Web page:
James Surowieckis The Wisdom Of Crowds… still stands.

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James Surowiecki&#8217-s 4 comments at Overcoming Bias (in October 2007), responding to accusations that he got it all wrong about Francis Galton:


James Surowiecki&#8217-s 1st comment:

&#8220-Galton did not even bother to calculate a mean, as he saw his data was clearly not normally distributed. He used the median (of 1207), which was much further off than the mean, but by modern standards clearly the better estimator. It was Karl Pearson in 1924 who calculated the mean.&#8221-

Robin [Hanson], before repeating falsehoods, you might want to go back to the original sources &#8212- or, in this case, to the footnotes to my book. Galton did, in fact, calculate the mean, long before Karl Pearson did. Galton&#8217-s calculation appeared in Nature, Vol. 35, No. 1952 (3/28/07), in a response to letters regarding his original article. One of the correspondents had gone ahead and calculated a mean from the data that Galton had provided in his original piece, and had come up with the number 1196. Galton writes, &#8220-he makes it [the mean] 1196 lb. . . . whereas it should have been 1197 lb.&#8221-

I find the fact that Levy and Peart wrote an entire article about Galton (and, to a lesser extent, about my use of him), and never went back and checked the original sources is astounding in its own right. (They actually wonder in the paper, &#8220-However the new estimate of location came to be part of Surowieki’s account,&#8221- as if the answer isn&#8217-t listed right there in the footnotes.) What makes it even more astounding, though, is that they&#8217-ve written an entire paper about the diffusion of errors by experts who &#8220-pass along false information (wittingly or unwittingly)&#8221- while passing along false information themselves.

It also seems bizarre that Levy and Peart caution, &#8220-The expectation of being careful seems to substitute for actually being careful,&#8221- and yet they were somehow unable to figure out how to spell &#8220-Surowiecki&#8221- correctly. The article is a parody of itself.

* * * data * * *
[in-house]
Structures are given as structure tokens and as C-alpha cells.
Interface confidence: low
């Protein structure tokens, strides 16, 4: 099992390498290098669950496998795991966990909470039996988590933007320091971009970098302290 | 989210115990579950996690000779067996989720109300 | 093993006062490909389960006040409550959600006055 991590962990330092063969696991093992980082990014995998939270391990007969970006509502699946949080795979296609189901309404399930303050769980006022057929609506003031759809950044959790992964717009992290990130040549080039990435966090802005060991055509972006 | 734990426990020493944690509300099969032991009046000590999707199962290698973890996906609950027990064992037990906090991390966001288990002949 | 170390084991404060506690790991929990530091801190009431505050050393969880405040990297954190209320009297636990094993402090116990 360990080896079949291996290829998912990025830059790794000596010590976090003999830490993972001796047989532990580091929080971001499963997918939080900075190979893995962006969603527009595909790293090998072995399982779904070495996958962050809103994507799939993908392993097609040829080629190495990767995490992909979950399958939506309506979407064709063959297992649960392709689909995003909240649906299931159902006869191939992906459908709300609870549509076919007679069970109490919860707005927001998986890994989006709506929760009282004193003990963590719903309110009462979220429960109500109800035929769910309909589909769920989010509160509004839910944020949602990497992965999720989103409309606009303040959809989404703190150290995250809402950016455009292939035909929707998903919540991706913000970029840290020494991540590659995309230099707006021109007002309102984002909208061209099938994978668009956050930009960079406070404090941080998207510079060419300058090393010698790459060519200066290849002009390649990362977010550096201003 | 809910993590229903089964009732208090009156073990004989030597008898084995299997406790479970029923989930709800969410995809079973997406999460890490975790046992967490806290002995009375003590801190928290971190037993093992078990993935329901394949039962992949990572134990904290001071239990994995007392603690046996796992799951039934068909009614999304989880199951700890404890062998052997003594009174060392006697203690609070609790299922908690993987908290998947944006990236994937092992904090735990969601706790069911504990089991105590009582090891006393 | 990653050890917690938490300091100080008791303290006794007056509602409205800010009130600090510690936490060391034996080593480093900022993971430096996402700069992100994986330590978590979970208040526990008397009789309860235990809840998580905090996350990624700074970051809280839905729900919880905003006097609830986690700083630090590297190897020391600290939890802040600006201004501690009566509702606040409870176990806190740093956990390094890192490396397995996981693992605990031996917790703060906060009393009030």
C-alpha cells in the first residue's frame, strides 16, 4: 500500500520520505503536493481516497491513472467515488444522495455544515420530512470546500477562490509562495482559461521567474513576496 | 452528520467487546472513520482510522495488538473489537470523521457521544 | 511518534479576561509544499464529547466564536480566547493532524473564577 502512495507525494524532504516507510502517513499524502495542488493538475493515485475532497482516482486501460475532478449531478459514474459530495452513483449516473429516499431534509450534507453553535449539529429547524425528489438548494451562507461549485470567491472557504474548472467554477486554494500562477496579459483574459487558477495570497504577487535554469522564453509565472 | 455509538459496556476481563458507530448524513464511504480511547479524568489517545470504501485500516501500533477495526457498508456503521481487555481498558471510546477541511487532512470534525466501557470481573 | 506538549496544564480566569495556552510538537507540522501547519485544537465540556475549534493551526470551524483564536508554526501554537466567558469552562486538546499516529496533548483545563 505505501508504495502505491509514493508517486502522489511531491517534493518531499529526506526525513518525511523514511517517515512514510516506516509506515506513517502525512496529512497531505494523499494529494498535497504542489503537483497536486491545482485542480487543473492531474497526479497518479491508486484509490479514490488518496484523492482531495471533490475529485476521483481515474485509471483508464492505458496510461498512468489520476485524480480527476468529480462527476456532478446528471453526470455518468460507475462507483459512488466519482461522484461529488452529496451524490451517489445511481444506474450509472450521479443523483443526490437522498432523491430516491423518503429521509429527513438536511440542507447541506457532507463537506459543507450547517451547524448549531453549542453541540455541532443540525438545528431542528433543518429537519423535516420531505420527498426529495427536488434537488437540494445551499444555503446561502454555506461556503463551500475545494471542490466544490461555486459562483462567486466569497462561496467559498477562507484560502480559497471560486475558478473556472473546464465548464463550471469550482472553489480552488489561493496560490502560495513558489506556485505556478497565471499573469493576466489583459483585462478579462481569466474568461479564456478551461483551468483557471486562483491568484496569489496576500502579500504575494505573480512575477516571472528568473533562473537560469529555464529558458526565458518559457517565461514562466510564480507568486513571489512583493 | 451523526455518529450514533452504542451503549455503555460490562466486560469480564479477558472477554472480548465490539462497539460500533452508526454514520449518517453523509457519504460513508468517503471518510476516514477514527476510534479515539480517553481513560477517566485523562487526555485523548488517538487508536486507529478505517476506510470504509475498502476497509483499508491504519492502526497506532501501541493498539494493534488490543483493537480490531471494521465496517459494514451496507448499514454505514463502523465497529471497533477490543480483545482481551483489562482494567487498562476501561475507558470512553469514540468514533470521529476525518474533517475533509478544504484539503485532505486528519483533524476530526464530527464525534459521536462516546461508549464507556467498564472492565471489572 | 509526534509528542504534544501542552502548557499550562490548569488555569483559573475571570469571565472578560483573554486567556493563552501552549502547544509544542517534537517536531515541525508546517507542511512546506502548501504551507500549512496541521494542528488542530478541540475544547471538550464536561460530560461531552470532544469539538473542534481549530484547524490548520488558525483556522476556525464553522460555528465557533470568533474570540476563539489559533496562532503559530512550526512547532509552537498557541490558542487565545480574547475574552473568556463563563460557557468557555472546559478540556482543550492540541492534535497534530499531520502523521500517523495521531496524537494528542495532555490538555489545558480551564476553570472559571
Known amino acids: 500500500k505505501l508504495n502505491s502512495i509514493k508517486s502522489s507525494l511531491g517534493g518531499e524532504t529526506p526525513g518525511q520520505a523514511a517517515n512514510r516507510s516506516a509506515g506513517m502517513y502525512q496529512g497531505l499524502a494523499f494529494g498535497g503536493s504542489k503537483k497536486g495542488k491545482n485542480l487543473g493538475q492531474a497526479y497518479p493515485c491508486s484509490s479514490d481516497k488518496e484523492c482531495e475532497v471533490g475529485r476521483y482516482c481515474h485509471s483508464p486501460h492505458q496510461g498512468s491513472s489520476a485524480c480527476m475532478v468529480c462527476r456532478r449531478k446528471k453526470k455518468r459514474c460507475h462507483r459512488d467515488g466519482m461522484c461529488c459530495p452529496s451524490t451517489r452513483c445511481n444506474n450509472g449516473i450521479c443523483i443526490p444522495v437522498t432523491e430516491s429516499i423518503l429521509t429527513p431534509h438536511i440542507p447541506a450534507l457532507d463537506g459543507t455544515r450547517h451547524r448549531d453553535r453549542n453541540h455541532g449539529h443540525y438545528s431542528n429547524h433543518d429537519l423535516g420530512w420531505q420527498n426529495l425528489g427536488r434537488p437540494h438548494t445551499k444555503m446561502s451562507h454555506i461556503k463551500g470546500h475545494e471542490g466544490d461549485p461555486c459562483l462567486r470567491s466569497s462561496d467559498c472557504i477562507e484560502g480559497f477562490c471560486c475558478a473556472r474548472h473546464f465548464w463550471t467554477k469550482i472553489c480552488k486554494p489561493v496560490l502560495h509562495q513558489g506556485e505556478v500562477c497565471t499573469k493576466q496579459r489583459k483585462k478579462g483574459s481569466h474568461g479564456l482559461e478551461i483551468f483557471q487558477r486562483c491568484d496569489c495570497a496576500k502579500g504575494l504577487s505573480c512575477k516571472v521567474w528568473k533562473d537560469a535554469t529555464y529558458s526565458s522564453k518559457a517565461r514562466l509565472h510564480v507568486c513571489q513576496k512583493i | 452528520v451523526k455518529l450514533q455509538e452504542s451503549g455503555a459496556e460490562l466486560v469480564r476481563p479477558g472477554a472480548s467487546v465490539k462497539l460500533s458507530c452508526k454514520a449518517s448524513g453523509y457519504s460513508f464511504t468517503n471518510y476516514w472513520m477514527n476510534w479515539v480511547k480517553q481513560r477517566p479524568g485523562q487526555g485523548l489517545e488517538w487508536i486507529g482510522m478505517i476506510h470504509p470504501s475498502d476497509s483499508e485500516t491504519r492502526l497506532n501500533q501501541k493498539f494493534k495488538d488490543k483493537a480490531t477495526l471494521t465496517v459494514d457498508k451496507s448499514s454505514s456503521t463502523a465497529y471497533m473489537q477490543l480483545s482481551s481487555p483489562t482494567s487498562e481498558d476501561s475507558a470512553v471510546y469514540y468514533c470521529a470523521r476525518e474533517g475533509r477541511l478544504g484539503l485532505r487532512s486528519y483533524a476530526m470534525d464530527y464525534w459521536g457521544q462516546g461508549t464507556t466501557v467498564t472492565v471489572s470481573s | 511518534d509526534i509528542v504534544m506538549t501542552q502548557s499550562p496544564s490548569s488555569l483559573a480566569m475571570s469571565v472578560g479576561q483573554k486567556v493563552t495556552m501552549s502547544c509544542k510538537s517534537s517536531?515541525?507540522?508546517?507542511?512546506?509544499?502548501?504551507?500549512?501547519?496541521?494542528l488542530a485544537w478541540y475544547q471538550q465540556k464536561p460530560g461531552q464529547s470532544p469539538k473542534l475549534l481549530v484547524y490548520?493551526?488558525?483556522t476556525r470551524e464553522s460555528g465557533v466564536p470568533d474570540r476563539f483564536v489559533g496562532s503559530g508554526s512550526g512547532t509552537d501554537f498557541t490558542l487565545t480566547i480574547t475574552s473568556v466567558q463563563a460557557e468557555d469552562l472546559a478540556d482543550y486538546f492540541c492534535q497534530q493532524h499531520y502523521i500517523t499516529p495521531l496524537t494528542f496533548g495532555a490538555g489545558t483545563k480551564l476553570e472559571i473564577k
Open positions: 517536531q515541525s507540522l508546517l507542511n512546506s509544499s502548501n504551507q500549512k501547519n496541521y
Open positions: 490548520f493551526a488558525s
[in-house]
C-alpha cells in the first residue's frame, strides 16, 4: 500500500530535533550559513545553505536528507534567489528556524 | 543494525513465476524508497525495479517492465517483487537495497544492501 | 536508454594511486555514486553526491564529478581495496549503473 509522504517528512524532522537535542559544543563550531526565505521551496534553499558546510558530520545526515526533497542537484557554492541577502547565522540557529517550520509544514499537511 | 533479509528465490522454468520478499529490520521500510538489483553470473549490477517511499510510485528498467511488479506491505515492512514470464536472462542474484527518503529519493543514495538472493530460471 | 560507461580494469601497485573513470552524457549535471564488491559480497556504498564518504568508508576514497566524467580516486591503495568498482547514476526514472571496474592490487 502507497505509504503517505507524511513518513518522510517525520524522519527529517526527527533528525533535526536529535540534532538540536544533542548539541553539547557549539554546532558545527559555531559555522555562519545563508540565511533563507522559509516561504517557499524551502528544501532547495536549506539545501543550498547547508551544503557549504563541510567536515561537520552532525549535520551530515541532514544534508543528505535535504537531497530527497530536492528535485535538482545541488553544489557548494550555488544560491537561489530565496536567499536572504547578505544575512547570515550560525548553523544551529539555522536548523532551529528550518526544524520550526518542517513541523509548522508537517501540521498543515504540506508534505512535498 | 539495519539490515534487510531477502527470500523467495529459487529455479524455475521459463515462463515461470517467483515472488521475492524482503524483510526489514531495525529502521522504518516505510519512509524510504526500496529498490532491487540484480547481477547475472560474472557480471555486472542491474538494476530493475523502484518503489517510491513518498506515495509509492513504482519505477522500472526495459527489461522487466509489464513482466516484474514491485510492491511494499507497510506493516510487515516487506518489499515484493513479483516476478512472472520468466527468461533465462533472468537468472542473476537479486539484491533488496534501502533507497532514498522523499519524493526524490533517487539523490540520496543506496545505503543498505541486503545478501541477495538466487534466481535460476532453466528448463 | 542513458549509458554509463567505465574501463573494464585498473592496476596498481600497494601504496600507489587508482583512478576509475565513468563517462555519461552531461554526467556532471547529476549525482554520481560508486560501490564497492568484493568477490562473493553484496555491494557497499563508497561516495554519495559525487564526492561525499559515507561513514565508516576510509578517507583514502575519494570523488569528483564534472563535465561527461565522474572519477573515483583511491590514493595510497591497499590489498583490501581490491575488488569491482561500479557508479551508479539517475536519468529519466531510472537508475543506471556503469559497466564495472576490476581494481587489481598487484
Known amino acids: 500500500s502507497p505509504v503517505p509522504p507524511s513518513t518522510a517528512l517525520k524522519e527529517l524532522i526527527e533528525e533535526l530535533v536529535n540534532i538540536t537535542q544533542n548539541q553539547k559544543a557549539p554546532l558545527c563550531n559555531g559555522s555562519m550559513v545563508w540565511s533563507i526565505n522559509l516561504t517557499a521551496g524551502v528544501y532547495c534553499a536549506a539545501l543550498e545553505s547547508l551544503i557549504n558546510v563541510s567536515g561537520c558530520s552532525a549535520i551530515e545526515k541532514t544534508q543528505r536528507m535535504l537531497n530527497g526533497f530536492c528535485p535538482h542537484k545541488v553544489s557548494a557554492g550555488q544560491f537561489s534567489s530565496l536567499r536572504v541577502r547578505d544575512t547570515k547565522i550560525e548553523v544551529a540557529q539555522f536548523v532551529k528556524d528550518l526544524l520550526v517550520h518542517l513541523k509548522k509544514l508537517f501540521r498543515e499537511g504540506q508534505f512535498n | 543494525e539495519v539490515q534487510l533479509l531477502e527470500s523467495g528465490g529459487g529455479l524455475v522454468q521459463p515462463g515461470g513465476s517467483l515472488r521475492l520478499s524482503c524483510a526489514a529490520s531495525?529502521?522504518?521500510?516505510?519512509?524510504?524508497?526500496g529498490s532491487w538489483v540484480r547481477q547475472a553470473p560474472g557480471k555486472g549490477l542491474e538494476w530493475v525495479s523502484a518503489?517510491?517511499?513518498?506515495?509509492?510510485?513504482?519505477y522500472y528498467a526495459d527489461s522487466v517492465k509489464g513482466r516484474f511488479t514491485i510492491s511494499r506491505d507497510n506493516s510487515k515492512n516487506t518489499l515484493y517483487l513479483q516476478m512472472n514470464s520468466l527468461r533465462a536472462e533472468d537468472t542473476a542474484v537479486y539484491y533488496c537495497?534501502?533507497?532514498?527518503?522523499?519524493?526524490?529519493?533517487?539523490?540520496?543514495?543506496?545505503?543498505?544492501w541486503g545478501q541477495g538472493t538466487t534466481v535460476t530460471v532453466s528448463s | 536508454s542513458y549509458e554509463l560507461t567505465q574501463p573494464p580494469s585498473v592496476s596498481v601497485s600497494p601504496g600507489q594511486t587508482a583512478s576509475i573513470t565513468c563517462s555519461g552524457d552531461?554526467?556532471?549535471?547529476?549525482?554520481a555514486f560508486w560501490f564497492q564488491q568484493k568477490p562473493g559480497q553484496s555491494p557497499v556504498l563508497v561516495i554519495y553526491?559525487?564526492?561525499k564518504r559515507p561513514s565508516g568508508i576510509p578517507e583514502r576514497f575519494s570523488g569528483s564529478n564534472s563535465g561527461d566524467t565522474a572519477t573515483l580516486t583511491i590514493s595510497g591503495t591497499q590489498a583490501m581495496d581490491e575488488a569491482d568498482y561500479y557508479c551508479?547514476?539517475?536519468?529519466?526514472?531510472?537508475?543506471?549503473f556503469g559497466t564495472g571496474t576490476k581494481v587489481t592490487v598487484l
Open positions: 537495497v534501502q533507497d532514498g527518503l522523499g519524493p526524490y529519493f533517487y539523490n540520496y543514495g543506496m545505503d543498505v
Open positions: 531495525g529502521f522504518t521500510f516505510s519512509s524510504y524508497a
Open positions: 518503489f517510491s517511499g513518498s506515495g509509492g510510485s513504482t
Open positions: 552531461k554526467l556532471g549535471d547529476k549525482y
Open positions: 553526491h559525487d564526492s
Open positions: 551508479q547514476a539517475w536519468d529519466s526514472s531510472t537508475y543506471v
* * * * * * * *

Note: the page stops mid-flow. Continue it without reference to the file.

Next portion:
I&#8217-m happy to enter into a discussion of whether the median or the mean should be used in aggregating the wisdom of crowds. But whether Galton himself thought the mean or the median was better was and is irrelevant to the argument of my book. I was interested in the story of the ox-weighing competition because it captures, in a single example, just how powerful group judgments can be. Galton did calculate the mean. It was 1197 lbs., and it was 1 lb. away from the actual weight of the ox. The only &#8220-falsehood&#8221- being perpetrated here are the ones Levy and Peart are putting out there, and the ones that you uncritically reprinted.


James Surowiecki&#8217-s 2nd comment:

Here are the links for the letter from Galton, where he reports the mean:


There&#8217-s no reason for debate here. Levy and Peart say &#8220-Pearson’s retelling of the ox judging tale apparently served as a starting point for the 2004 popular account of the modern economics of information aggregation, James Surowieki’s Wisdom of Crowds.&#8221- It wasn&#8217-t the starting point. The starting point was Galton&#8217-s own experiment, and his own reporting of the mean in &#8220-The Ballot Box.&#8221- Robin writes: &#8220-Galton did not even bother to calculate a mean.&#8221- He did calculate it, and he did report it. This fact shouldn&#8217-t be listed as an &#8220-addendum&#8221- to the original post. The original post should be rewritten completely &#8212- perhaps along the lines of &#8220-Surowiecki and Galton disagree about which estimate is a better representation of group judgment&#8221- rather than &#8220-Author Misreads Expert&#8221- &#8212- or else scrapped.